SIA also took exception to the fact that only one supplier, Applied DNA Sciences, is authorized to provide the DNA marking material, raising issues regarding lack of market competition. "While we appreciate the efforts DLA has made to examine a single company’s technology, we believe that proceeding as proposed will actually do more harm than good." SIA said, adding that it "has serious concerns about relying on a sole source for the current program without competitive bidding for the product/service," and "we are more convinced than ever that the DNA marking technology has a very limited application and could create a false sense of security. It will cost semiconductor manufacturers millions and millions of dollars, which most likely would not be recouped from sales. Moreover, it places security for an entire industry on one company and technology."
The SIA, which represents the U.S. semiconductor industry, has asked DLA to postpone implementing the DNA-marker program until more testing has been conducted, and until more questions are answered in response to semiconductor industry concerns. SIA concluded:
"We strongly recommend against adopting the purposed DNA plan and urge the government to consult with the semiconductor industry and its partners to develop a more comprehensive and effective anti-counterfeiting technology and to take advantage of the tens of millions of dollars already invested in the anti-counterfeiting R&D project in Europe."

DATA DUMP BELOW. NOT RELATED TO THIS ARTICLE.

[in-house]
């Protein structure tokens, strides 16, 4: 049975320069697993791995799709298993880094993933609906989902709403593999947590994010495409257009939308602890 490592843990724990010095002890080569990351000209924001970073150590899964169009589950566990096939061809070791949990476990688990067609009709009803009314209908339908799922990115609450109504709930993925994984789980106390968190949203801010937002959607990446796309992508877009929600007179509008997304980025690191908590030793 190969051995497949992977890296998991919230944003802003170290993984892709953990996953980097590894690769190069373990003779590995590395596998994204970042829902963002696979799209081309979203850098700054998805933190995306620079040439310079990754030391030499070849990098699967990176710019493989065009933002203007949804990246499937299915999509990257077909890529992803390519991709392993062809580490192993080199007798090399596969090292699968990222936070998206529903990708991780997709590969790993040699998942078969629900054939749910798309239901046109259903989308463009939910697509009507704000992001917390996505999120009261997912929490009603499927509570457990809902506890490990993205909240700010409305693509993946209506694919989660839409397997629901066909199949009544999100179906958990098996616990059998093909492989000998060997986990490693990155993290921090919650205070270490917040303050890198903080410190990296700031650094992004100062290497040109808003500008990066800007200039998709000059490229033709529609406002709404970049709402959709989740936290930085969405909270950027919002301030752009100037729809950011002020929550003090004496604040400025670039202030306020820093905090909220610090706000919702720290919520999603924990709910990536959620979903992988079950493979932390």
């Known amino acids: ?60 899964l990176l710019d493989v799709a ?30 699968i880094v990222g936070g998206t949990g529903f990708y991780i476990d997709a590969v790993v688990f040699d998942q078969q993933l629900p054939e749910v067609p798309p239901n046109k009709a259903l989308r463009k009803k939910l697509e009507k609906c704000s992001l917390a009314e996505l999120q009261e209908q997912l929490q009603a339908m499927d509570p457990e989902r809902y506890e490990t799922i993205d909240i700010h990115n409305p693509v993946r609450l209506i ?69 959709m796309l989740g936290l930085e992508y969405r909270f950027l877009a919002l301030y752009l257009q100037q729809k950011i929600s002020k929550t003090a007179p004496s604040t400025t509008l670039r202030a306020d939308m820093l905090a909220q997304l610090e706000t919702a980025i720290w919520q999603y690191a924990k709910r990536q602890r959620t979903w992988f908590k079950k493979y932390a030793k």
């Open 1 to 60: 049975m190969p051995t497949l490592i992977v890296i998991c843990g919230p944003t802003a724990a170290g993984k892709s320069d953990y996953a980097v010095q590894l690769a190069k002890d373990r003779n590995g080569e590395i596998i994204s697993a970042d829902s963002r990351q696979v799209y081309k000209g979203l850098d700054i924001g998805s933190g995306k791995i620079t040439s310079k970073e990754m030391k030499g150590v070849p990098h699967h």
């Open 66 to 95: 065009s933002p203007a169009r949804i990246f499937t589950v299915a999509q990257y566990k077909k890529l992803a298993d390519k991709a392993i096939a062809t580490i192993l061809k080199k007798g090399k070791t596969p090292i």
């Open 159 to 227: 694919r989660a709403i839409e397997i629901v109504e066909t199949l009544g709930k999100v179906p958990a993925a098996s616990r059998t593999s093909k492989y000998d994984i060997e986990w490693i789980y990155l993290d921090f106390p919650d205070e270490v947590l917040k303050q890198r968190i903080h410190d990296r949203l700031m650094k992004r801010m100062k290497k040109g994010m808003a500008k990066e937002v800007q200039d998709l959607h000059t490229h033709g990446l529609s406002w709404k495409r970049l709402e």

Also in response to the issue, the JEDEC Solid State Technology Association’s JC-13 Committee, which oversees global standards for the microelectronics industry, is looking into concerns over the DNA marking program. JC-13 is responsible for standardizing quality and reliability methodologies for solid state products used in military, space, and other environments requiring special-use condition capabilities beyond standard commercial practices. The committee has given the DLA a list of questions about the program, particularly focusing on supplier liability and legacy semiconductor marking.
Despite stated objections and anxieties by SIA and JEDEC DLA is moving forward with implementation of the DNA marking mandate. The agency has said, however, that it is open to other solutions and by the end of 2012 it intends to evaluate other existing marking methods.
Hooooold your horses, no need to get so desperate on a stock you not gonna marry in the first plce , efficient market theory teaches us that all things are discounted in price, why not save a breath for yourself. Already received my dooms greetings, did you not? Take a pill of Lunesta (be sure to consult your PCP first though), and I will see the next day.